Review – Itaewon Class

Itaewon Class. What a strange love story to Capitalism, am I right?

Here is how I imagine this drama was pitched between the writer and the studio executive.

Executive: “So what have you got there? You said it’s a revenge story set in the food industry?”

Writer: “Oh yeah. It’s gonna be great. We’ve got this stubborn, solitary guy who doesn’t need anyone’s approval, he’s just gonna go his own way and do what’s right. Stick to his principles. Never budge an inch.”

Executive: “Like a John Wayne type?”

Writer: “Teenage John Wayne.”

Executive: “But better looking than John Wayne.”

Writer: “Much better looking.”

Executive: “Who does he want revenge against?”

Writer: “A CEO of a worldwide food company. This guy is just super rich and powerful, so it’s gonna be hard to get revenge, ya know?”

Executive: “He’s gonna get his revenge by becoming rich too, right?”

Writer: “Of course. That’s how justice works.”

Executive: “It’s how product placement advertising works too. Sounds like a win!”

Social taboos unveiled in hit South Korean drama Itaewon Class ...

Itaewon Class had all the elements of a quality fairy tale K-drama: A strong archetypal hero with impeccable values and a heart of gold who rises over adversity, meets his goals, finds loyal friends and allies, and of course discovers true love. There was a nice sized cast of diverse characters with unique plot lines and motivations. I was interested in the fates of everyone I’d been introduced to, good and bad. It was far better than the majority of K-dramas I have seen in the past year and not bothered to review.

And yet it had serious problems. The last few episodes really let the foot fall off the gas pedal and the plotline slowed down considerably. Ironically, the most dragging episode was the finale – which had a preposterous amount of exciting things happening and somehow managed to muffle all the energy of the climax. And worst of all, in my opinion, there was the problematic underlining theme of the entire show. It’s what I like to call the Capitalist Dream, the lie we all tell ourselves: If you just work really, really hard then you can achieve anything. Entry into the golden palaces of the 1% is possible for anyone willing to work overtime. This idea has tucked the poor into bed since the dawn of time, soothing their anxieties about class inequality with a little fairy tale about how some people sneak into the castle… and get the prince to fall in love with them… and that could be you.

So, yeah, there were issues. But I still highly recommend this drama. It’s 16 episodes, which is a nice length for a series. They managed to fill each episode with enough plot that we didn’t have to over indulge in excessive flashbacks, pointless walking or staring scenes, or other fillers. It was lighthearted and funny at times without being silly or cartoonish. I especially enjoyed the spunky, quasi-sociopathic lead female. And who doesn’t love a good revenge story?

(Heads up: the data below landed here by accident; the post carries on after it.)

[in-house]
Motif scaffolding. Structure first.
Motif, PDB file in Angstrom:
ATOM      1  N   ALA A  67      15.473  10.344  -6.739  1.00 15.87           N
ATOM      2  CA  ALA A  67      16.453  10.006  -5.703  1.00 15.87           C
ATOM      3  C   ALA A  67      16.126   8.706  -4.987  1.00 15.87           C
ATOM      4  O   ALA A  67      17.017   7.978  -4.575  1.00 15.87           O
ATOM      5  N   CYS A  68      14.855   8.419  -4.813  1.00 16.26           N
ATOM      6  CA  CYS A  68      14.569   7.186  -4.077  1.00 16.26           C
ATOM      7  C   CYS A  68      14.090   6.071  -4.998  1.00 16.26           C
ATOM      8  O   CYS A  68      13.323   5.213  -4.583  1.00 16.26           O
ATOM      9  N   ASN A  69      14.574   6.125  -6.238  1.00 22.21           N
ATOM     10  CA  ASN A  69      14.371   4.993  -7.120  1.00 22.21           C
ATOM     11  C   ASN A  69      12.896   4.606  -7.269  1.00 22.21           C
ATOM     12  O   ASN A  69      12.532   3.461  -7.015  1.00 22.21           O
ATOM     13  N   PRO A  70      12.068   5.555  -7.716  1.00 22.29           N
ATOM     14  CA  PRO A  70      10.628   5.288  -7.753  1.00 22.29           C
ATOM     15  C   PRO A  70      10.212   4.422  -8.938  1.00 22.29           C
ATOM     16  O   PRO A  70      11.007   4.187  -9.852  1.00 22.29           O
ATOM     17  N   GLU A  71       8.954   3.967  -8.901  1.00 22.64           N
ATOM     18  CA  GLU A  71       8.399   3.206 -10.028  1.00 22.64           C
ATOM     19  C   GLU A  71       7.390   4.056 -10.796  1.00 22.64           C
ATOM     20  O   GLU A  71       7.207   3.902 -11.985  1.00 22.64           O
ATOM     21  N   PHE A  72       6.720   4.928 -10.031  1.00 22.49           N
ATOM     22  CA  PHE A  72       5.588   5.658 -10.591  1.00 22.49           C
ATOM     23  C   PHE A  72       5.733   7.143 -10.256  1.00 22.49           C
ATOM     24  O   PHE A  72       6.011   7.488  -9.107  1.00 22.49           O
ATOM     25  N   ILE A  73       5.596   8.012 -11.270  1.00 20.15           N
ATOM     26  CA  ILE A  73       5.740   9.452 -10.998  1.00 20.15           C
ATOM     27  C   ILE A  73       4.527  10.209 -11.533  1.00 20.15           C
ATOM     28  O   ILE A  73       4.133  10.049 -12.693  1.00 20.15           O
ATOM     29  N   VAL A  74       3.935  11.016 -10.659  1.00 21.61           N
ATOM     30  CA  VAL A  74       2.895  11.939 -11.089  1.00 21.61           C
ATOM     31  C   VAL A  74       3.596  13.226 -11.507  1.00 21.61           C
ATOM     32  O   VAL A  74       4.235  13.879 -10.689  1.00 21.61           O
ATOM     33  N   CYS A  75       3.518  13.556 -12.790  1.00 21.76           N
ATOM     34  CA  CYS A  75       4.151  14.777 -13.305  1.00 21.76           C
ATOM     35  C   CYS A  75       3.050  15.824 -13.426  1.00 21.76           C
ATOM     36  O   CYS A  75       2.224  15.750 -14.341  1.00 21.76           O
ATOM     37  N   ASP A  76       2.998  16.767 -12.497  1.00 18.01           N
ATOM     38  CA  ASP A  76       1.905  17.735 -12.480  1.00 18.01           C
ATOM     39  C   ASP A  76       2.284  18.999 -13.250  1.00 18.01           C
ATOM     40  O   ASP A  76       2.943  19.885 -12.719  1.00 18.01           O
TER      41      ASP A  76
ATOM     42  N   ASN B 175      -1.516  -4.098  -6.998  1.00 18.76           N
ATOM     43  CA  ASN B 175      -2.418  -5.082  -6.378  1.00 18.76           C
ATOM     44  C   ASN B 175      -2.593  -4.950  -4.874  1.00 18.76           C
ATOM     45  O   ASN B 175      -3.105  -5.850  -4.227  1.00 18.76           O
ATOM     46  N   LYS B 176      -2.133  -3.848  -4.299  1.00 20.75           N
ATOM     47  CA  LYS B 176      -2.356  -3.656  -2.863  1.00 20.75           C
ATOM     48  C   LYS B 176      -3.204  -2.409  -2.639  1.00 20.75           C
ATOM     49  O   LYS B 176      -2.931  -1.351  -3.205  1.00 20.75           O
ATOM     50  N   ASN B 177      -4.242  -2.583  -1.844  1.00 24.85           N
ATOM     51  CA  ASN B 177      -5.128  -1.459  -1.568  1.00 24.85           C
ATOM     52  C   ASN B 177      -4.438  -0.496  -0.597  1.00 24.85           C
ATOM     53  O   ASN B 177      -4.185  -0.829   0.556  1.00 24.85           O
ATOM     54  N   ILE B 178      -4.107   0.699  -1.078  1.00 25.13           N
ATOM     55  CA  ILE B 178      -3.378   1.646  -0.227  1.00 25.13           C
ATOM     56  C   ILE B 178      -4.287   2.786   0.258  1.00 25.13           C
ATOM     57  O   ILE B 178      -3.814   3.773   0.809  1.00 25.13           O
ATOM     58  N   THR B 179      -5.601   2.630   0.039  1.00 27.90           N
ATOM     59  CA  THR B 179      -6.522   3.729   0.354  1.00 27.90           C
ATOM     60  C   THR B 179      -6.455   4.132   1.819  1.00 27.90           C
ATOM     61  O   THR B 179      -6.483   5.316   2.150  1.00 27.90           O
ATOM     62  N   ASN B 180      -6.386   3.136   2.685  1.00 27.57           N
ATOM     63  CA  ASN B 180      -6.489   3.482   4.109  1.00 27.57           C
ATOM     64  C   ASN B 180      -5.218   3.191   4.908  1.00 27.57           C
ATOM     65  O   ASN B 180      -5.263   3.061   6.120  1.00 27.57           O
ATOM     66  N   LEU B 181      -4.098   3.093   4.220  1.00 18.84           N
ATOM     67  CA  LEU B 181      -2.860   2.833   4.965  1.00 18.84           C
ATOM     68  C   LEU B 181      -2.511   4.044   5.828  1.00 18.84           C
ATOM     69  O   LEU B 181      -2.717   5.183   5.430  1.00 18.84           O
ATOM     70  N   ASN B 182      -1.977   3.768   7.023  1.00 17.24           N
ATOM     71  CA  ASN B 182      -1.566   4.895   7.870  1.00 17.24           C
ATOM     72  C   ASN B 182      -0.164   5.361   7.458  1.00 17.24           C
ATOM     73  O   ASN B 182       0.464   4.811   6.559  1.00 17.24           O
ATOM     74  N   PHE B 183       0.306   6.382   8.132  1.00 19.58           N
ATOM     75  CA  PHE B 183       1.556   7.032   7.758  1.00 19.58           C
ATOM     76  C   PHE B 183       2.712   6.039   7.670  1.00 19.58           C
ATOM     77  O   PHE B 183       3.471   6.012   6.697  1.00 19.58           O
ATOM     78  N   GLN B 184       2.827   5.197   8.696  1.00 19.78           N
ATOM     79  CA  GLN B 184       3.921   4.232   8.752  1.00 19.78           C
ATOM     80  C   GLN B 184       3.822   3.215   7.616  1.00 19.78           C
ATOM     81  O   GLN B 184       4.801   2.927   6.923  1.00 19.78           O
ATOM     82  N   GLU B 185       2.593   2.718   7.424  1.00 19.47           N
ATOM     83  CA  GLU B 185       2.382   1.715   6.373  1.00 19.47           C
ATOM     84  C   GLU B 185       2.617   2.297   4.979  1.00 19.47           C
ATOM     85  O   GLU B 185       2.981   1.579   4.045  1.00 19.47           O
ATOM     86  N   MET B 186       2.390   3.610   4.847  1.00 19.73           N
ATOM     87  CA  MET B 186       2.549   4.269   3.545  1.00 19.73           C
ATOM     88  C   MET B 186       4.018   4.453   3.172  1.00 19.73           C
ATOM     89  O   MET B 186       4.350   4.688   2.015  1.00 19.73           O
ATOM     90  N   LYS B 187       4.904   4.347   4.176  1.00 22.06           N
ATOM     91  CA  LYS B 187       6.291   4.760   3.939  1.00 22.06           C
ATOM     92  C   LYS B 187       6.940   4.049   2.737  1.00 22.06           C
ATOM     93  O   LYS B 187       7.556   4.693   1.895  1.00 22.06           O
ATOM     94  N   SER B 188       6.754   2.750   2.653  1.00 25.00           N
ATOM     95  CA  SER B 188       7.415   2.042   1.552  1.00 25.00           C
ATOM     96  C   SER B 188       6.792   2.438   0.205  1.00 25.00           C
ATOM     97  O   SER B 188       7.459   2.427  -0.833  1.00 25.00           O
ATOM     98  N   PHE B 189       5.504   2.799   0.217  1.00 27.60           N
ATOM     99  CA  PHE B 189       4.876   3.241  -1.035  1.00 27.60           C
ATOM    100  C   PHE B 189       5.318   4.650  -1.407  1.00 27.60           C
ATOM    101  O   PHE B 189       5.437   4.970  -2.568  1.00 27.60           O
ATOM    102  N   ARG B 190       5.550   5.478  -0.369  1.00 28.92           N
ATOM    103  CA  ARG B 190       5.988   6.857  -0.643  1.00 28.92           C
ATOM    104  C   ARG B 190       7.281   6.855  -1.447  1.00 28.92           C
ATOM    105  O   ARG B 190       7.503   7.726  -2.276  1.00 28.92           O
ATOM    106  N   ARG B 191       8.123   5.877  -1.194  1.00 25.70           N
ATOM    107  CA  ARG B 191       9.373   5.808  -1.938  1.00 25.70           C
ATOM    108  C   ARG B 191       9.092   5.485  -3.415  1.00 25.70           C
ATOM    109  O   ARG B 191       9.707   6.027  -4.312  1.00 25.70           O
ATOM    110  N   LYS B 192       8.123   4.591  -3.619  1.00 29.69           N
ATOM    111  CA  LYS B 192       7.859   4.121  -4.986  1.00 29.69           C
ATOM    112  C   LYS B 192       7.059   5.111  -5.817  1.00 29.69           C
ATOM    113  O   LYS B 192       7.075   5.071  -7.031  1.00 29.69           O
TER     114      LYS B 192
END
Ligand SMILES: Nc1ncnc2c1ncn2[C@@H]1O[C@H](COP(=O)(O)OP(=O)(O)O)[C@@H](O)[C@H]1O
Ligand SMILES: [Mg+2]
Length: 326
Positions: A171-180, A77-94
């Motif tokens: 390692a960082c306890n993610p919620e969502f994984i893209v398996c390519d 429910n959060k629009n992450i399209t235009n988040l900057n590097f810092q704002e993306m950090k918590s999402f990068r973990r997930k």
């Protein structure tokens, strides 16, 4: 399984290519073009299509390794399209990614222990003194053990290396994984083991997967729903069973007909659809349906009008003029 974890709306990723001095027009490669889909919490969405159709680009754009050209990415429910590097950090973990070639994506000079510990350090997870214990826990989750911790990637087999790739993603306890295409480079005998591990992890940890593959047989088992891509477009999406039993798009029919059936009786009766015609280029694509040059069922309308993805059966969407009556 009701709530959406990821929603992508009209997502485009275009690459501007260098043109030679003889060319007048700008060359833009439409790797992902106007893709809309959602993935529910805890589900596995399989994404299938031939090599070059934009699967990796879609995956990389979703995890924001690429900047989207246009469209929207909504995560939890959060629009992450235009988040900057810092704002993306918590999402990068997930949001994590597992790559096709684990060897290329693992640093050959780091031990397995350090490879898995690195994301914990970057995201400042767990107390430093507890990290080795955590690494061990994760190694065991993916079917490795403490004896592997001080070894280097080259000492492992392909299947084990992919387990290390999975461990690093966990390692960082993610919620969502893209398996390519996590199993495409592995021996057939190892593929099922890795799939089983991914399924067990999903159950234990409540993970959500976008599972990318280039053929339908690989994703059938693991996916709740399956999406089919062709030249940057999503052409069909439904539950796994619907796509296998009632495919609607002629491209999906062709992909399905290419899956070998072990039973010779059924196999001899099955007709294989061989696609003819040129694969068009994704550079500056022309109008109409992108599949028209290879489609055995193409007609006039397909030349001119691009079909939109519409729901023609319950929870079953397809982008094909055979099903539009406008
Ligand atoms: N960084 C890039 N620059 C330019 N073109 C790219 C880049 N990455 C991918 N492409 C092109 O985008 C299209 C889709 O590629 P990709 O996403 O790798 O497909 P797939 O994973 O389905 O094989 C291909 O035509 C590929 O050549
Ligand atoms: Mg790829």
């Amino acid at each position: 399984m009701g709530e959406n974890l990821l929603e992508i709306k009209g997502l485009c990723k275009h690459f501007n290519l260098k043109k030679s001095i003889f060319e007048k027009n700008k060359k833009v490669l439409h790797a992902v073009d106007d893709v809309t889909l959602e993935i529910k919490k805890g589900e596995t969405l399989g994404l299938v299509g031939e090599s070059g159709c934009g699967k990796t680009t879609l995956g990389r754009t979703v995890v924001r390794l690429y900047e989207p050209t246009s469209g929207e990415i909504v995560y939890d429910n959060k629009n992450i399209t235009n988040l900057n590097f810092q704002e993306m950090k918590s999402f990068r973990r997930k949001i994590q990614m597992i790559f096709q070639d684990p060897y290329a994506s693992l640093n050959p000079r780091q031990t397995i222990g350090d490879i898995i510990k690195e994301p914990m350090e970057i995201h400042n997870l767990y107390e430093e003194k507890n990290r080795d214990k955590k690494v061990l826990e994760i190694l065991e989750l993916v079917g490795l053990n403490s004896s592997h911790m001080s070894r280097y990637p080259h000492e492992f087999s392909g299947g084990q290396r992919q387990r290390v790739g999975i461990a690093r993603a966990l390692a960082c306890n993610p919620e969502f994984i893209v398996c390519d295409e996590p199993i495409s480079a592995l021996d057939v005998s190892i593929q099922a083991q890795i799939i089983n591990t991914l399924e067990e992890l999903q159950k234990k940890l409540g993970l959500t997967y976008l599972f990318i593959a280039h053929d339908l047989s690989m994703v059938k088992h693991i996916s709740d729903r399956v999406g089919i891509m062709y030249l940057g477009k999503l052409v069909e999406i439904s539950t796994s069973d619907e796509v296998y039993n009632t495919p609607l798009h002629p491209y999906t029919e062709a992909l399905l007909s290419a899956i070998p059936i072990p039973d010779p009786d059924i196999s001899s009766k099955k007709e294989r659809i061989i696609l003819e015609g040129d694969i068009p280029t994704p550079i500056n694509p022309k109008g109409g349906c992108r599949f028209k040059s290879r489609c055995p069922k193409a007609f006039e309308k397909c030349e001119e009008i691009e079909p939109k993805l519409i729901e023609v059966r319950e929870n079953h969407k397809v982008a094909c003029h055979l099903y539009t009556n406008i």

Itaewon Class – Overall Rating: 8.5/10. Feel-Good Capitalist Propaganda.

More – about characters and themes below. SPOILERS GALORE so watch the show first, my dear readers.

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Review – Stranger

Review – Stranger / Forest of Secrets

So, I had a weekend to kill and loaded up Stranger, on Netflix.  This is a mystery-thriller that, honestly, would have been outstanding if they cut it in half.  It just didn’t have enough plot for 16 episodes – 8 would have perfect.  As it was, it drifted along with  mellow intrigue, excellent character development, and quality drama… but geesh, was it long.  I stuck it out, cause I was committed, but dang… even the British, who are famous for their leisurely plot development, would have added some caffeine to this weak tea.

Being a sucker for romance, I think the complete lack of it also made the show seem longer.  I knew these characters were all going to grow as people and be the better for knowing each other – but I got the impression right away there would be no breakthrough moment or cuddling happy ending for our lead protagonists.  Cho Seung-Woo played the detached prosecutor who’d basically had a lobotomy in his teens, removing the emotional part of his brain.  I kid you not.  Medically created sociopath.  He was dreamy and cool and collected and I loved him to death.   The gorgeous Bae Doo-Na, whom I have only seen in the delightfully pervy globe-trotting disaster of a show known as Sense 8, was perfectly cast as the tough as nails cop with a strong moral compass.  She and Cho Seung-Woo had oodles of chemistry – and my favorite aspect of the show was watching her casual, slow approach to winning him over and digging out his humanity, one cute sketch at a time.  Her sketch of his brain, in particular, was endearing and had me laughing.

The real stand out performer was Lee Joon-Hyuk, who played a crooked prosecutor who lived on paranoia and cockiness.   What a smug mug, eh?  He was the true sociopath, dazzling one second, violent the next, spinning from one extreme to another in an ever increasingly mad dash to stay one step ahead.

So… there’s corruption and scandal and a murder mystery or two.  I must say, personally, I was not a fan of how this unraveled at the end.  It was just too random.  After all that build up, it felt like a smack in the face to bring in something so out of left field.  The last episode made up for it, though, and there was a nice chunk of “what happens next” with your key players so that you weren’t left wondering.

But still.  It was just… really slow.  If you don’t like romantic dramas, you will probably like this one a lot more than I did and maybe not even mind the pace, but for me it was almost torturous near the end to finish it.

Overall Rating – 6.5/10 – Don’t Have Private Conversations In Rooms With Open Windows.